Language of God: Notes No. 1
The handwritten notes above make up the initial draft of what should be a coherent essay/review, sort of a personal experiment that seeks to answer the question, "How do I sound if I don't edit myself?" The sentences bleed into each other. I envy people who can put their ideas together without so much as minor erasures.
This is a specimen of my lazy handwriting. I used Pilot Custom 823 (given by my friend Freddie) with Waterman Blank Ink (given by my mentor Dr. Strebel). I must tell you that I write more legibly in medical charts and prescriptions.
I like to resurrect the old habit of writing using pen and paper as I make brief reflections on Dr. Francis Collins's book, "The Language of God."
Chapter One, "From Atheism to Belief," begins with the writer's childhood. He calls his early life "unconventional." He gew up in a farm, with loving yet unusual parents--"a happy mix of pastoral beauty, hard farm work, summer theater, and music, and thrived in it." Dr. Collins writes that "faith was not an important part" of his childhood. He was "vaguely aware" of the concept of God. But even as a child, he liked learning. I believe learning is optimal if the student enjoys the process. Dr. Collins eventually took chemistry as an undergraduate degree, something I can absolutely relate to. It was fascinating to learn that he did not care much for biology, thinking it only involveda lot of memorization.
I liked chemistry first. I can relate to these lines by Dr. Collins:
"Never mind that I knew relatively little about other sciences, this first puppy love seemed life-changing."
In the next paragraph, he begins:
"In contrast, my encounter with biology left me completely cold."
In high school, I didn't do as well in biology. In contrast, I enjoyed chemistry. My brother bought "Chemistry: The Central Science"*, a beautiful textbook that really changed my life.
After graduation, he [Dr. Collins] took a PhD program in physical chemistry at Yale. From being an agnostic, he became an atheist. He got married and, at 22, he went to medical school.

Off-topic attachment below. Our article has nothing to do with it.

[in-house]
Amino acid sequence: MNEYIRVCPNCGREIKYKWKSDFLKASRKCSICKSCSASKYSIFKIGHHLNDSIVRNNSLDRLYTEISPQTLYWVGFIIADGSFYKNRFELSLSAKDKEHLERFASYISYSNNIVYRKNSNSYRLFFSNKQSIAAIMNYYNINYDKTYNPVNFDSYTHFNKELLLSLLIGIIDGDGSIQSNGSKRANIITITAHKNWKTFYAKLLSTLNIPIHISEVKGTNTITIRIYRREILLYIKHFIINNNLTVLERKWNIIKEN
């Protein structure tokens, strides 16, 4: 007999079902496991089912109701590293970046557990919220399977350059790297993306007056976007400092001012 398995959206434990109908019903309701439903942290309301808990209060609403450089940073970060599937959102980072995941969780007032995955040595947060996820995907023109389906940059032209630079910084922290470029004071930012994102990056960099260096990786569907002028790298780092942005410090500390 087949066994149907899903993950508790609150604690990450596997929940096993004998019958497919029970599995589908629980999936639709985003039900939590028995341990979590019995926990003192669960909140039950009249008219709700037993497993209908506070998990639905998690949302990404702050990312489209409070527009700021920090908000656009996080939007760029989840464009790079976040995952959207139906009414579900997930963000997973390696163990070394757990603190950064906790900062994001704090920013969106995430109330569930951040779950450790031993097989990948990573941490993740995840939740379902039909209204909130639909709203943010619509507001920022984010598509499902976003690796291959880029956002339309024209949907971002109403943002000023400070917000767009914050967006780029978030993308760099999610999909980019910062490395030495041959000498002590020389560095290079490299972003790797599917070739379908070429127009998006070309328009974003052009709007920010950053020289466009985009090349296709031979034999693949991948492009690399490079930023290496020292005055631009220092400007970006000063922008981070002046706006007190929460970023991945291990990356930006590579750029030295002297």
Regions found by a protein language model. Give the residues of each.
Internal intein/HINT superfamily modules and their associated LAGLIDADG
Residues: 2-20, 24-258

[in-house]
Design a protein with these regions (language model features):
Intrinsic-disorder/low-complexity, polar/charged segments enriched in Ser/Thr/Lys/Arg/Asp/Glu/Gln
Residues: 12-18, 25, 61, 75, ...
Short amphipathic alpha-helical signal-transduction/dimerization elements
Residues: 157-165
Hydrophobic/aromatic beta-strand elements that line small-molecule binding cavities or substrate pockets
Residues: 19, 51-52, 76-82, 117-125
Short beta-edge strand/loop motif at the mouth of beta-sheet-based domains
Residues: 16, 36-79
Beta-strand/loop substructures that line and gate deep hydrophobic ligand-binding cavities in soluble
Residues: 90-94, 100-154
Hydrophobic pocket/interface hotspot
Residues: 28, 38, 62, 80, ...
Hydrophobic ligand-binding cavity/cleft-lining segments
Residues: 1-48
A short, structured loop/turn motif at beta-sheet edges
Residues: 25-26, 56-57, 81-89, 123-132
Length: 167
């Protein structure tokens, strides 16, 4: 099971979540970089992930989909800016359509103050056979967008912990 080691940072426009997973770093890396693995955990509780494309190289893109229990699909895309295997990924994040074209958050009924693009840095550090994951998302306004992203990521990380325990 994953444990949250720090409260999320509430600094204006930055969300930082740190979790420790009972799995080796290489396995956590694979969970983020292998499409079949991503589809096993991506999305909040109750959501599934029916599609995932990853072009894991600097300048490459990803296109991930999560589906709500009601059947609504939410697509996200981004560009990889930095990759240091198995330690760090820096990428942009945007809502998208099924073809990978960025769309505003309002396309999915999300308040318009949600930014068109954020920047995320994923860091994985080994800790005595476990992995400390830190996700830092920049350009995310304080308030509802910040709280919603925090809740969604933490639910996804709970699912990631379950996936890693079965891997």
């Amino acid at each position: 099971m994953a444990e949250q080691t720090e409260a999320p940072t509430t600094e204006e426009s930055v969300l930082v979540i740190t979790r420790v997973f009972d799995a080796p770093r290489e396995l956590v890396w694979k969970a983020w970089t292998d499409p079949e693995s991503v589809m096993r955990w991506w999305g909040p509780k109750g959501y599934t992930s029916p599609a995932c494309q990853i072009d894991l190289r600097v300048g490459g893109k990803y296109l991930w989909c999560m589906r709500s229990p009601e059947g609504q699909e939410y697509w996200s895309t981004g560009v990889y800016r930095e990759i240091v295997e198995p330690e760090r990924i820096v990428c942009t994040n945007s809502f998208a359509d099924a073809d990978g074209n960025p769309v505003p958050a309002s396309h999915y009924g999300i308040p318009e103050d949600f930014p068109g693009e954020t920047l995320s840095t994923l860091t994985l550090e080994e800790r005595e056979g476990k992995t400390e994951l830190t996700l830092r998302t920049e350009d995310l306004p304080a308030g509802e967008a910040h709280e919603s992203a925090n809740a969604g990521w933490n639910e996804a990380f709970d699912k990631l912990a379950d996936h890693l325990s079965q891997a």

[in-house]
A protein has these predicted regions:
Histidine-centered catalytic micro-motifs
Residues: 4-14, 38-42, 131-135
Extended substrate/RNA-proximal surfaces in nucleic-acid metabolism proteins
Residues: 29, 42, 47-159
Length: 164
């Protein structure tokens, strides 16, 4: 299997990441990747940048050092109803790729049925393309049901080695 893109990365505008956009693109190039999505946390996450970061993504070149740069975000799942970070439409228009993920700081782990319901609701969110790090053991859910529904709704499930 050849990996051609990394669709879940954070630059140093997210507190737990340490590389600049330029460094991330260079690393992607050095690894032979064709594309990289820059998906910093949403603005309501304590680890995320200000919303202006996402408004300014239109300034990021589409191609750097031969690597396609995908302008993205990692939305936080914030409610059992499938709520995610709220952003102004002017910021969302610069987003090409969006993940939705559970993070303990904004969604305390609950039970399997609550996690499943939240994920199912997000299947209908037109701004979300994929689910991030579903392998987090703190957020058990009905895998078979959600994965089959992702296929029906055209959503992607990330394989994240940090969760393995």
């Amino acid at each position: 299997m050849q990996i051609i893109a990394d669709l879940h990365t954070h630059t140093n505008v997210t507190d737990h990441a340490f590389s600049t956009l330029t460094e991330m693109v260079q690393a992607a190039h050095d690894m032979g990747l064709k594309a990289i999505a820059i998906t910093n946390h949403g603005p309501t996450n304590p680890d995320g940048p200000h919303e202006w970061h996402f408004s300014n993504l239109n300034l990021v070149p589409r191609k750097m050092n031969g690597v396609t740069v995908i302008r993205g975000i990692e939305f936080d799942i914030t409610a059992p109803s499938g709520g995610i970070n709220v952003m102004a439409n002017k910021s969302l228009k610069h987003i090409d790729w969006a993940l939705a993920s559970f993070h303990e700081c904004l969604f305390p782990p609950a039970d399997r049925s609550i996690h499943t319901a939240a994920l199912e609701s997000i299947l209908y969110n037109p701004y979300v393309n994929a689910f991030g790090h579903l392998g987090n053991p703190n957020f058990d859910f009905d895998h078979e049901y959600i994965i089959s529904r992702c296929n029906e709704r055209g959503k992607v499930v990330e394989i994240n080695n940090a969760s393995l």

Dr. Collins writes about his encounter with patients.
"What struck me profoundly about my conversations with those North Carolina people was the spiritual aspect of what many of them were going through." In another paragraph he writes:
"My most awkward moment came when an older woman, suffering from severe unstable angina, asked me what I believed." Dr. Collins was not really sure.
In this intellectual and spiritual crisis, Dr. Francis Collins asked the help of a Methodist minister down the street. The pastor gave him a copy of C.S. Lewis's Mere Christianity.
Dr. Collins realized that inherent in every human being is a "Moral Law," a concept of right and wrong that is ingrained in human consciousness. Science could not adequately explain this.
Dr. Collins ends the chapter with:
"I had started this journey of intellectual exploration to confirm my atheism. That now lay in ruins as the argument from the Moral Law (and many other issues) forced me to admit the plausibility of the God hypothesis. Agnosticism, which seemed like a safe second-place haven, now loomed like the great cop-out it often is. Faith in God now seemed more rational that disbelief.
*Newsprint edition, by Brown and Lemay.
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